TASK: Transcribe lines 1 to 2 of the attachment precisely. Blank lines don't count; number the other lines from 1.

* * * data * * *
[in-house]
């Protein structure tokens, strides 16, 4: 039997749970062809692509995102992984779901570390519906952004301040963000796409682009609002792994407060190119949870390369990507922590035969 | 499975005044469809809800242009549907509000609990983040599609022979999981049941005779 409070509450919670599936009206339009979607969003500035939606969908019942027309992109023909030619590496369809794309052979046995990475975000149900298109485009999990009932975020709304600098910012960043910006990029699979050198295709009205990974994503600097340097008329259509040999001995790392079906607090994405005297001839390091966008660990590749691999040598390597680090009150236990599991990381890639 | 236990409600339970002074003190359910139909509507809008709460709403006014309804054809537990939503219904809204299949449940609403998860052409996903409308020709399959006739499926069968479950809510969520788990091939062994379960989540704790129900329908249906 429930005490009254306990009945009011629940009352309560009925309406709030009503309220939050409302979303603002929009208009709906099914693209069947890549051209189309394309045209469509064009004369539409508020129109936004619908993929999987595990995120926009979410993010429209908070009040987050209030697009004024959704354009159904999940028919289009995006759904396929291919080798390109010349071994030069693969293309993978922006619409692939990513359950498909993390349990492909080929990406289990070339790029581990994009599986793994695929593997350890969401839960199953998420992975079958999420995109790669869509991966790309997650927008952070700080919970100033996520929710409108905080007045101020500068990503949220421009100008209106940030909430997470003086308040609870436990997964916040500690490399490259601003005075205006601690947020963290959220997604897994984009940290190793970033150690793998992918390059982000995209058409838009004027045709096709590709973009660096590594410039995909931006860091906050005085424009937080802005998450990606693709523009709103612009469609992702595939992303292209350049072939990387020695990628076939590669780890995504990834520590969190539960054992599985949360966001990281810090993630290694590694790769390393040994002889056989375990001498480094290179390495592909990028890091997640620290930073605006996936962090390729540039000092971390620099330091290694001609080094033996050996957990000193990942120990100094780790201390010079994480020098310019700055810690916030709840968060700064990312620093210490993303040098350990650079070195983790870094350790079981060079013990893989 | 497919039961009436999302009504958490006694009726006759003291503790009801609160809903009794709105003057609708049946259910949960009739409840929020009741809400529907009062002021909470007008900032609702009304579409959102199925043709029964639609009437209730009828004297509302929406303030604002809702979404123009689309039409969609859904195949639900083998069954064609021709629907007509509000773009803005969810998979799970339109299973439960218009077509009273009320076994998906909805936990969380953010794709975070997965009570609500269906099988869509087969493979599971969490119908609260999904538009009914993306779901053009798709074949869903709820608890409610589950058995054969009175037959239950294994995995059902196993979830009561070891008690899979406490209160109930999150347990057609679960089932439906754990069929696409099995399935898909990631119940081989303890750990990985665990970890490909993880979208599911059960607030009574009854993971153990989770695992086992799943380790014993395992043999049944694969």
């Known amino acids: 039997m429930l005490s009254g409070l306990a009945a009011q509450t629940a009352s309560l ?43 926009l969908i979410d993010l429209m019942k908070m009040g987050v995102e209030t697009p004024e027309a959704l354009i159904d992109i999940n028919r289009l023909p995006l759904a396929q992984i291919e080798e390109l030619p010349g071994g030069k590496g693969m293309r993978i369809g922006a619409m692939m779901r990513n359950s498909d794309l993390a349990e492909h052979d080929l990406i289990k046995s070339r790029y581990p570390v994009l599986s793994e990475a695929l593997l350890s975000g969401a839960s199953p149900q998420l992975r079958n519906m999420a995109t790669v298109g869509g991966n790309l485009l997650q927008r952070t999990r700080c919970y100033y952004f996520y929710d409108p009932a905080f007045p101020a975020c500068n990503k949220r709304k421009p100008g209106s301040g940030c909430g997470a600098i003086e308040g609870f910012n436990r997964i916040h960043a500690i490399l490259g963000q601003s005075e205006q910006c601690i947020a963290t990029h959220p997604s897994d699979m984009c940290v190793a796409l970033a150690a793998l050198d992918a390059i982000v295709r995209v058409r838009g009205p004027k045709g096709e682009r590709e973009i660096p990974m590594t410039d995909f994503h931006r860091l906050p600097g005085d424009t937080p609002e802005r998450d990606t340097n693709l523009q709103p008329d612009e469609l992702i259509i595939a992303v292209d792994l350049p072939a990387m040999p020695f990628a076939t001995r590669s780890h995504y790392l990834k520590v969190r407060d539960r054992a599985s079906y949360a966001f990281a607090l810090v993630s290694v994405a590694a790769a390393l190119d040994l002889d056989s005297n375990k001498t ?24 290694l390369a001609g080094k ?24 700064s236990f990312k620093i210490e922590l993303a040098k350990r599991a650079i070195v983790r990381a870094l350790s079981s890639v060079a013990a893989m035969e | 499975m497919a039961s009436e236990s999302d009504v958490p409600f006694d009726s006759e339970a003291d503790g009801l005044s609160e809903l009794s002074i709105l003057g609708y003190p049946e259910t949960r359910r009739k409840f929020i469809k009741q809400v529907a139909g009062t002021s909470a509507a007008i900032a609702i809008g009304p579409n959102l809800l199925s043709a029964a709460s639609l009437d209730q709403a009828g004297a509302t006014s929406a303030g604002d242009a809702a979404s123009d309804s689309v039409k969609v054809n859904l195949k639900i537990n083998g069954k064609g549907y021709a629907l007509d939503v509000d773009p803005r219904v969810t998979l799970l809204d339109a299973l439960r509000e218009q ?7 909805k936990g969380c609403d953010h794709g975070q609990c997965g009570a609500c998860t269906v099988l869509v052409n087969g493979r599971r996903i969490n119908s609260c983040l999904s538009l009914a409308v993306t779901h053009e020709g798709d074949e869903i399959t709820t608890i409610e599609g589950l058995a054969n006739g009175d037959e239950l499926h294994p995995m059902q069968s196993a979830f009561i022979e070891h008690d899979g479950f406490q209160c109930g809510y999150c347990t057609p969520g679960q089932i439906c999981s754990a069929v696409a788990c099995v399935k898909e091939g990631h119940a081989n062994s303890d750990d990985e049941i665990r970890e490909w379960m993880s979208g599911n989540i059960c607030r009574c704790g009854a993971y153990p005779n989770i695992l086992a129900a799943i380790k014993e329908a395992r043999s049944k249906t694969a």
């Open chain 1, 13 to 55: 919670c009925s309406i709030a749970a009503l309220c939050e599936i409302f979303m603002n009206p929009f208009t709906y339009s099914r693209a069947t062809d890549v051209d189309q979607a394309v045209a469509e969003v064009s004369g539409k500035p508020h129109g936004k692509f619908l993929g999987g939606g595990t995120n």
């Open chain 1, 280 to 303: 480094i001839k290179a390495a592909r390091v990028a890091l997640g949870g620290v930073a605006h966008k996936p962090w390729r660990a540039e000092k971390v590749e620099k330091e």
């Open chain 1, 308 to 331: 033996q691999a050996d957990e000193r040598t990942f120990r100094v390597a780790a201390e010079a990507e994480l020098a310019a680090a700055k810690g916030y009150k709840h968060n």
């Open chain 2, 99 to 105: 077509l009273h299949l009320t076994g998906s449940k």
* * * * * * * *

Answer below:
[in-house]
């Protein structure tokens, strides 16, 4: 039997749970062809692509995102992984779901570390519906952004301040963000796409682009609002792994407060190119949870390369990507922590035969 | 499975005044469809809800242009549907509000609990983040599609022979999981049941005779 409070509450919670599936009206339009979607969003500035939606969908019942027309992109023909030619590496369809794309052979046995990475975000149900298109485009999990009932975020709304600098910012960043910006990029699979050198295709009205990974994503600097340097008329259509040999001995790392079906607090994405005297001839390091966008660990590749691999040598390597680090009150236990599991990381890639 | 236990409600339970002074003190359910139909509507809008709460709403006014309804054809537990939503219904809204299949449940609403998860052409996903409308020709399959006739499926069968479950809510969520788990091939062994379960989540704790129900329908249906 429930005490009254306990009945009011629940009352309560009925309406709030009503309220939050409302979303603002929009208009709906099914693209069947890549051209189309394309045209469509064009004369539409508020129109936004619908993929999987595990995120926009979410993010429209908070009040987050209030697009004024959704354009159904999940028919289009995006759904396929291919080798390109010349071994030069693969293309993978922006619409692939990513359950498909993390349990492909080929990406289990070339790029581990994009599986793994695929593997350890969401839960199953998420992975079958999420995109790669869509991966790309997650927008952070700080919970100033996520929710409108905080007045101020500068990503949220421009100008209106940030909430997470003086308040609870436990997964916040500690490399490259601003005075205006601690947020963290959220997604897994984009940290190793970033150690793998992918390059982000995209058409838009004027045709096709590709973009660096590594410039995909931006860091906050005085424009937080802005998450990606693709523009709103612009469609992702595939992303292209350049072939990387020695990628076939590669780890995504990834520590969190539960054992599985949360966001990281810090993630290694590694790769390393040994002889056989375990001498480094290179390495592909990028890091997640620290930073605006996936962090390729540039000092971390620099330091290694001609080094033996050996957990000193990942120990100094780790201390010079994480020098310019700055810690916030709840968060700064990312620093210490993303040098350990650079070195983790870094350790079981060079013990893989 | 497919039961009436999302009504958490006694009726006759003291503790009801609160809903009794709105003057609708049946259910949960009739409840929020009741809400529907009062002021909470007008900032609702009304579409959102199925043709029964639609009437209730009828004297509302929406303030604002809702979404123009689309039409969609859904195949639900083998069954064609021709629907007509509000773009803005969810998979799970339109299973439960218009077509009273009320076994998906909805936990969380953010794709975070997965009570609500269906099988869509087969493979599971969490119908609260999904538009009914993306779901053009798709074949869903709820608890409610589950058995054969009175037959239950294994995995059902196993979830009561070891008690899979406490209160109930999150347990057609679960089932439906754990069929696409099995399935898909990631119940081989303890750990990985665990970890490909993880979208599911059960607030009574009854993971153990989770695992086992799943380790014993395992043999049944694969």